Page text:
Spiga, Italian Trattoria

18 years of love and passion

Spiga Ristorante Italiano

Opened 7days a week at dinners time

Monday – Friday: 6pm to 11:00pm
Saturday & Sunday: 6pm to 12:00am

www.spigarestaurant.com

For over 18 years, Spiga Restaurant has been offering an intimate atmosphere, with a romantic and poetic decoration, along with the quality and simplicity of its food.

Inspired by the traditional art of bread making, and by its traditional ingredient Spiga (wheat in English), has developed a unique home style where our entire menu is prepared daily just like it would be in a traditional Italian “Trattoria”.

Spiga offers handmade pasta, gnocchi, and ravioli, but not only. It also prepares its own bread as well as its desserts. And finally they guarantee a constant use of fresh fish and vegetables. In order to recreate this Italian warm atmosphere, the owner Roberto LeGrand puts many efforts into keeping the same quality and attentive staff. Thanks to this culture, staff members know well their clients and preferences which enhance the quality of the service. He truly cares about his customers, and he does indeed create a family atmosphere in a part of town not known for that particular quality.

The restaurant’s home is the Impala Hotel, a soothing and stylish place with burbling fountains and gorgeous guest rooms. Candlelit tables on the terrace (too hot for most summer diners) promise a serene interior as well, but once you’re inside South Beach energy takes over. The Saturnia marble floors, although classy and beautiful, offer no buffer for the decibels in the intimate ten-table space. Wooden chairs scrape over stone; tall models hover around the six-stool wooden bar at center stage, chatting in brash, youthful voices; and the wait staff call out to each other and guests alike in warm, strong tones, as if they were family welcoming you into the kitchen. “Everybody’s treated like family here,” Legrand says proudly.

Many customers routinely accompany him back to the kitchen to help supervise the preparation of their own plates. Legrand observes, “Spiga is a place where everyone feels at home.”

Spiga’s values will remain forever: Excellent Food, Great Mood, and Respectful with their clients.

In the kitchen with the chef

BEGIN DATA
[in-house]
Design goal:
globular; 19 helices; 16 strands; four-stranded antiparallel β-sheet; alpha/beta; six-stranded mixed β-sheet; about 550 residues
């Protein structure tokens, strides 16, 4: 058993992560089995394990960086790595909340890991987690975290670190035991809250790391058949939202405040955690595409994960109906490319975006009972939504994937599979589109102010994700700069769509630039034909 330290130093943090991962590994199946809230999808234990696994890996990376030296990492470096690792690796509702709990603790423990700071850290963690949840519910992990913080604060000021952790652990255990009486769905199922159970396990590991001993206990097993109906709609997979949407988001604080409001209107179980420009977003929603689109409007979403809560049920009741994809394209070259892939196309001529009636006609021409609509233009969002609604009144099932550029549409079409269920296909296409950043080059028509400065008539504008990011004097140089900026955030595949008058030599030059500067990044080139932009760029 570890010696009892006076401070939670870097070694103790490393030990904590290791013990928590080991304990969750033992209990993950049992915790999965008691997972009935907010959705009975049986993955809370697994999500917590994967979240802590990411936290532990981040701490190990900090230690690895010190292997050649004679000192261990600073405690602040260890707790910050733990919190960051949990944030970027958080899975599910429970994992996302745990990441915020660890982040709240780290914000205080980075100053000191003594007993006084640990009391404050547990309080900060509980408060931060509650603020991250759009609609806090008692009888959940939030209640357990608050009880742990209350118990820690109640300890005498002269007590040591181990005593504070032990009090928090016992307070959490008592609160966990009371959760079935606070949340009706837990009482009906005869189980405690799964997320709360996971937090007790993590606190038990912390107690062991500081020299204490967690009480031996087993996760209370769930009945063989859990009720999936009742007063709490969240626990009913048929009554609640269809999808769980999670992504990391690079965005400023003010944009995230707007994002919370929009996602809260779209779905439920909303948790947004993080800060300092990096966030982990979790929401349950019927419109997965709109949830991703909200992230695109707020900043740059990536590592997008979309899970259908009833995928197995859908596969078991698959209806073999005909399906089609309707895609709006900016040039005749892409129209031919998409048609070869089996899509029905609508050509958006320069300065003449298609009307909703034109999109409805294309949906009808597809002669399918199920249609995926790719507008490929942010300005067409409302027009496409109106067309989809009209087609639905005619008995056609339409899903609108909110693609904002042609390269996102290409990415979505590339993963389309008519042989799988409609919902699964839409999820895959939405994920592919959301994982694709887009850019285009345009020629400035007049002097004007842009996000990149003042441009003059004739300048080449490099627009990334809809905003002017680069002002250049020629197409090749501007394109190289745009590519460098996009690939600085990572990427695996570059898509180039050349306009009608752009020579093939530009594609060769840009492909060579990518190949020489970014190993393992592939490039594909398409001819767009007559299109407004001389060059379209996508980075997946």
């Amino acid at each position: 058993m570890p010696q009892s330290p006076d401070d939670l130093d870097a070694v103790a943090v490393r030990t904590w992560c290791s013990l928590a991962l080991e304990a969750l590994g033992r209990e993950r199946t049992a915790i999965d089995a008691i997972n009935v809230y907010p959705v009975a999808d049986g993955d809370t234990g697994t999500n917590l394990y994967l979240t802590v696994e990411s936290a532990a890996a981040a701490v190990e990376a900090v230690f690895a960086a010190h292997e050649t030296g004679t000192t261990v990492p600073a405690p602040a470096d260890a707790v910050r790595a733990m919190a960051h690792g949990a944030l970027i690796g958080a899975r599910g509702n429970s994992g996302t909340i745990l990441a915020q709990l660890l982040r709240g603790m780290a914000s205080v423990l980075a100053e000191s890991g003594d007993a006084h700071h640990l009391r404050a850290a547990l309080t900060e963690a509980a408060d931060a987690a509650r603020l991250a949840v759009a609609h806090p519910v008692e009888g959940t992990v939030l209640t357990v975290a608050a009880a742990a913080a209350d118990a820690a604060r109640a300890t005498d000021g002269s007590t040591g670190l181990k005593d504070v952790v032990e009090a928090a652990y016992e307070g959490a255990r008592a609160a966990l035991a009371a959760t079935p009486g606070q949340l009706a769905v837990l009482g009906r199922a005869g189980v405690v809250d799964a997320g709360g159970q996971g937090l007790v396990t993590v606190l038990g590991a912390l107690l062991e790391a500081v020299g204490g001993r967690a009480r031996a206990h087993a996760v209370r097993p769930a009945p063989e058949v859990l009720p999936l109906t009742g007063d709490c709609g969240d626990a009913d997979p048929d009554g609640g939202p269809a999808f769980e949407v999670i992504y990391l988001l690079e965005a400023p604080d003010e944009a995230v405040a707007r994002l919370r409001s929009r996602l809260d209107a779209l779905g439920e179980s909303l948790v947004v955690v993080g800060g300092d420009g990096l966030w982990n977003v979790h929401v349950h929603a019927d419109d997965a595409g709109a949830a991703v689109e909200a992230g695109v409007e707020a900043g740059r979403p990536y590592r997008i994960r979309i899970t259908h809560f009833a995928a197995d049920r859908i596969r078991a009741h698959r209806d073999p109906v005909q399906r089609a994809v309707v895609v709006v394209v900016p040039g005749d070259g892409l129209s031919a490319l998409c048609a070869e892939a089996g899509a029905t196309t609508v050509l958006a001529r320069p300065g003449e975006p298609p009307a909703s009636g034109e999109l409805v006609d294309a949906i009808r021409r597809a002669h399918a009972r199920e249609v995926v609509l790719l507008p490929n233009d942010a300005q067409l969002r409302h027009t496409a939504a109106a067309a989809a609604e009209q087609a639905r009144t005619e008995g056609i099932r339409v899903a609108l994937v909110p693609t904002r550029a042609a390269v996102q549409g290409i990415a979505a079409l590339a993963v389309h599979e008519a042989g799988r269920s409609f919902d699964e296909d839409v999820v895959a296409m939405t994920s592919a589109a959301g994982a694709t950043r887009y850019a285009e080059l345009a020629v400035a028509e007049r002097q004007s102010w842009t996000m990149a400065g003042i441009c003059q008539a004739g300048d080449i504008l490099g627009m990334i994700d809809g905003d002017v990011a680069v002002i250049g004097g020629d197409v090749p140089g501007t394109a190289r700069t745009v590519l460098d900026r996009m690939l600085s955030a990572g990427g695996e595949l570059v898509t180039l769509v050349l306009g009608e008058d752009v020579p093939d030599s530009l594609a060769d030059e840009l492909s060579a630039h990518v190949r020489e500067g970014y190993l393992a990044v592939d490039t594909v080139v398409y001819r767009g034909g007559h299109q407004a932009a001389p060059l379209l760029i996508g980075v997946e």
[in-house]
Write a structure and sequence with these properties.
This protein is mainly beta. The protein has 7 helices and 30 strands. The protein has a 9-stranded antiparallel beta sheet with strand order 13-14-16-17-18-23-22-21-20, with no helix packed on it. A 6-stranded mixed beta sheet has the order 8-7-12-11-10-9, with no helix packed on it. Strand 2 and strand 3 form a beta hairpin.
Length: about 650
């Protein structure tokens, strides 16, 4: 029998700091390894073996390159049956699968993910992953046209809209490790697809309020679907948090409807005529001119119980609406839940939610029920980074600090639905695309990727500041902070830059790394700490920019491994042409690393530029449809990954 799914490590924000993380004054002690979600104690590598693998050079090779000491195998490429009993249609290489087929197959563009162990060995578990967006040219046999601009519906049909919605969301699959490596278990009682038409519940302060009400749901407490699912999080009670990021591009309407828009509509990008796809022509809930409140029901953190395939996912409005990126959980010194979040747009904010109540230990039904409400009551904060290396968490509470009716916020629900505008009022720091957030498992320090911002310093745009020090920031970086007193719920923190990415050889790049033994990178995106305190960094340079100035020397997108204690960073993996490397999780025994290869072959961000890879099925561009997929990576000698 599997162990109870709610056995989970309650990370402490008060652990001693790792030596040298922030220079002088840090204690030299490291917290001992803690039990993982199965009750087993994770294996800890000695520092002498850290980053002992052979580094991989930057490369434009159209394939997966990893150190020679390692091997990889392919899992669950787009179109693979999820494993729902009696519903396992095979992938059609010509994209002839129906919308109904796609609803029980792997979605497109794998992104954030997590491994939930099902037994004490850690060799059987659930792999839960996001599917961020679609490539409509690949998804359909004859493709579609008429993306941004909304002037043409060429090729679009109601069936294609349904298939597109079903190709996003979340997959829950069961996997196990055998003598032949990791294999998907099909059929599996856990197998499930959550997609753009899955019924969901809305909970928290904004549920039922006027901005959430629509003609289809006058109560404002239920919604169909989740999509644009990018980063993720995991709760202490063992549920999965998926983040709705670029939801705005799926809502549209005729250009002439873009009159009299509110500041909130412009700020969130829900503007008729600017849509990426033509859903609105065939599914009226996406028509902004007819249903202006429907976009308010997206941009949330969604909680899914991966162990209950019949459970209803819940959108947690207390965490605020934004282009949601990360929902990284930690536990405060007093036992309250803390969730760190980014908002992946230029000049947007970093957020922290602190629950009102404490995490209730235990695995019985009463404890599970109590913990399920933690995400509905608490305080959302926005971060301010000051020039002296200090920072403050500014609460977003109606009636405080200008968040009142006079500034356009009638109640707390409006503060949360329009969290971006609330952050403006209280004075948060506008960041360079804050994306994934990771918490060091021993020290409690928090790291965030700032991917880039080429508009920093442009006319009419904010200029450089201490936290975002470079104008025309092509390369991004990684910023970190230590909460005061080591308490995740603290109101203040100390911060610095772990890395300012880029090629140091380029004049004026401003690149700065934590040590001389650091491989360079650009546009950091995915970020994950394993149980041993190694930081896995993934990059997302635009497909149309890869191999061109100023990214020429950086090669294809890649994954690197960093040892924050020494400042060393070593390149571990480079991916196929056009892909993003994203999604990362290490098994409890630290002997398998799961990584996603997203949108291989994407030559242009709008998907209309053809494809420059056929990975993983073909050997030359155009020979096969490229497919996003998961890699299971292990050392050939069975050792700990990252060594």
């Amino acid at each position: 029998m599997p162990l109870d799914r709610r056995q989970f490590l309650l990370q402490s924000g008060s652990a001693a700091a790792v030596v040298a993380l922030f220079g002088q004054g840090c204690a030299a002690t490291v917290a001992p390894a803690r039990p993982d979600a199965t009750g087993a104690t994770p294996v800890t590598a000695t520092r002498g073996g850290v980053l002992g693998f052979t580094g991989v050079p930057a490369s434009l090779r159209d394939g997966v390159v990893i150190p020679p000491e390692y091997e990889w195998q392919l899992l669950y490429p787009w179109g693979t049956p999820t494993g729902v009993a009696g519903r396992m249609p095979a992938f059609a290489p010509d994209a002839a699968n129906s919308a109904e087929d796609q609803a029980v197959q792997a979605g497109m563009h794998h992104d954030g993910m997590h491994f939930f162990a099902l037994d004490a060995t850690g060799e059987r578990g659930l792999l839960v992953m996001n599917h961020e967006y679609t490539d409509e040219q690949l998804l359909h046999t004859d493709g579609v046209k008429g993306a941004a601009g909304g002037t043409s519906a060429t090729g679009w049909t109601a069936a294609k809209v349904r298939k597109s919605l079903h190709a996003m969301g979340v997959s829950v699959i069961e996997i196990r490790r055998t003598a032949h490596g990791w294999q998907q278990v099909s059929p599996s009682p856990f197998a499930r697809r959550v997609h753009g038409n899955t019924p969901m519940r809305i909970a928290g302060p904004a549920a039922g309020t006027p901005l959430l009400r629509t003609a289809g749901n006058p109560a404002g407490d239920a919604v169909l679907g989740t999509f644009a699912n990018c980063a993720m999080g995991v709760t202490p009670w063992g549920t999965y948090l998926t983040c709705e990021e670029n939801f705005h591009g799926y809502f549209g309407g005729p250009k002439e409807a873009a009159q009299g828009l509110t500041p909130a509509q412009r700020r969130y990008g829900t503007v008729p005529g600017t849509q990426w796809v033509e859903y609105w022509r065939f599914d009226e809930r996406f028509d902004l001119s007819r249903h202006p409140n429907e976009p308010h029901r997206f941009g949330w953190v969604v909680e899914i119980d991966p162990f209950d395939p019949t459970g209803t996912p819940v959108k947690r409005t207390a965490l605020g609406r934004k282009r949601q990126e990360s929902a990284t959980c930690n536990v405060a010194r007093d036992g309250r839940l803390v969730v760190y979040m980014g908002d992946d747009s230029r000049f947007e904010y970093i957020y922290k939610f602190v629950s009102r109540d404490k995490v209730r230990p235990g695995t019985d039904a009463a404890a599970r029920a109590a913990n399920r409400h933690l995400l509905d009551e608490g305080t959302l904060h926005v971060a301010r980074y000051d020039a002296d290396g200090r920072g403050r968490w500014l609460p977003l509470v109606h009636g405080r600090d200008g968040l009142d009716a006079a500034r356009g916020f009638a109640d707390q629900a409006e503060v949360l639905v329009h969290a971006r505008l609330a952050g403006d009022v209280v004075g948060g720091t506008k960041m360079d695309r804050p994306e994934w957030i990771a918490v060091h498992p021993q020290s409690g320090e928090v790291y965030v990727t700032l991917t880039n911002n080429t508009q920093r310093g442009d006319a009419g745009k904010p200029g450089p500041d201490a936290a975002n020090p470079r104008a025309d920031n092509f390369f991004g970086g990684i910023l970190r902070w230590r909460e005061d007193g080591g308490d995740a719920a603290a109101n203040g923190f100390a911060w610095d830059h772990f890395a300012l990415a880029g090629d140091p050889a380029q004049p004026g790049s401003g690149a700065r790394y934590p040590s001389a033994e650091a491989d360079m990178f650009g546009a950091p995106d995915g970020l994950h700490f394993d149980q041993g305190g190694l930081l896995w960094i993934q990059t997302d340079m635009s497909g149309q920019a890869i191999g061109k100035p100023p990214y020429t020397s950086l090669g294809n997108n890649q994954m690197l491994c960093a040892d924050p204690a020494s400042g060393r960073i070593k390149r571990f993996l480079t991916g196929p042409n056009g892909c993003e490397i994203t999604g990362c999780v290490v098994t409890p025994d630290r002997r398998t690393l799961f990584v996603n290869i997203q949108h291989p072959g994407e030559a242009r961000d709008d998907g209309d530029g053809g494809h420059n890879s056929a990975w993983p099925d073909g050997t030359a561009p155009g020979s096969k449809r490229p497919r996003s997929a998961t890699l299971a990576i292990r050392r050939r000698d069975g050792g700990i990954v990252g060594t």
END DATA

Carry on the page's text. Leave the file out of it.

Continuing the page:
By Steve Capellini

Have you ever wondered about the origins of bruschetta? It seems that official olive oil tasters roaming the Umbria region of central Italy years ago were getting a little nauseated dipping directly into huge vats of the pungent stuff, so they resorted to drizzling it onto pieces of bread.The oil connoisseurs soon began looking for variations on the bread and oil theme, testing a panoply of possibilities. Before long the bread was being toasted and covered with cheese, sliced vegetables, skinless-seedless tomato cubes, basil, touches of garlic, and other spices, with the concoction rivaling the oil itself in gastronomical importance.

Roberto Legrand, chef-proprietor of Spiga in Miami Beach, is not originally from Umbria, but much of that and other Italian regions took root in his soul while he lived in Italy several years ago. He has since become a master of bruschetta himself, capable of producing more than 250 permutations of the simple starter dish. “It’s a great way to begin a meal, a light warmup for the palate,” notes Legrand, speaking in a polyglot’s offbeat accent that reflects the mix of influences you’ll find at his restaurant: heat from Brazil, where Legrand was born; sophistication from Milan, where he studied; languor from Venice, where he worked for a time at Harry’s Bar & Grill; and a dash of speed from the Big Apple, where he plied his trade at trendy Bice.

Spiga’s dining room is one of the most beautiful and romantic in town. The man directly responsible was Peter Hawrylewicz, one of Miami’s premier architects. It was 1994, and having completed the renovation of Casa Casuarina, Hawrylewicz turned his discerning eye to the Impala, one of South Beach’s first boutique hotels. The rich, gracefully curved cherry cabinetry, wine racks, and bar that remain in place today look even better now, imbued with the warm hues of age. The dining room appears almost exactly as it did when Spiga premiered. Not much else has changed about the place, either.

Original proprietor/chef Roberto Legrand is still the boss. Day-to-day management has been entrusted to Francesca Cuccurullo, who began working at Spiga in 1998. Some of the waiters have been around even longer than that, so service is delivered by experienced hands. Spiga’s moderate prices are likewise pretty much the same as they were, having edged up in only a small, cost-of-living sort of way. We should be most grateful the heartwarming, trattoria-style cuisine has held steadfast. That is because one of Miami’s most underrated chefs, Saele Cantoni, has been behind Spiga’s stoves since the first year of operation. “Fresh and homemade” is his blueprint for authenticity, and you can witness it on nearly every plate – in the bread basket too, which overflows with slices of focaccia and a crusty rustic loaf, both prepared on the premises.

Stability and consistency are not the most exciting of restaurant traits, yet there is nothing more important to the success of any business. That is probably why Spiga not only draws tourists to its slightly secluded location, but also claims an ever-growing legion of loving locals.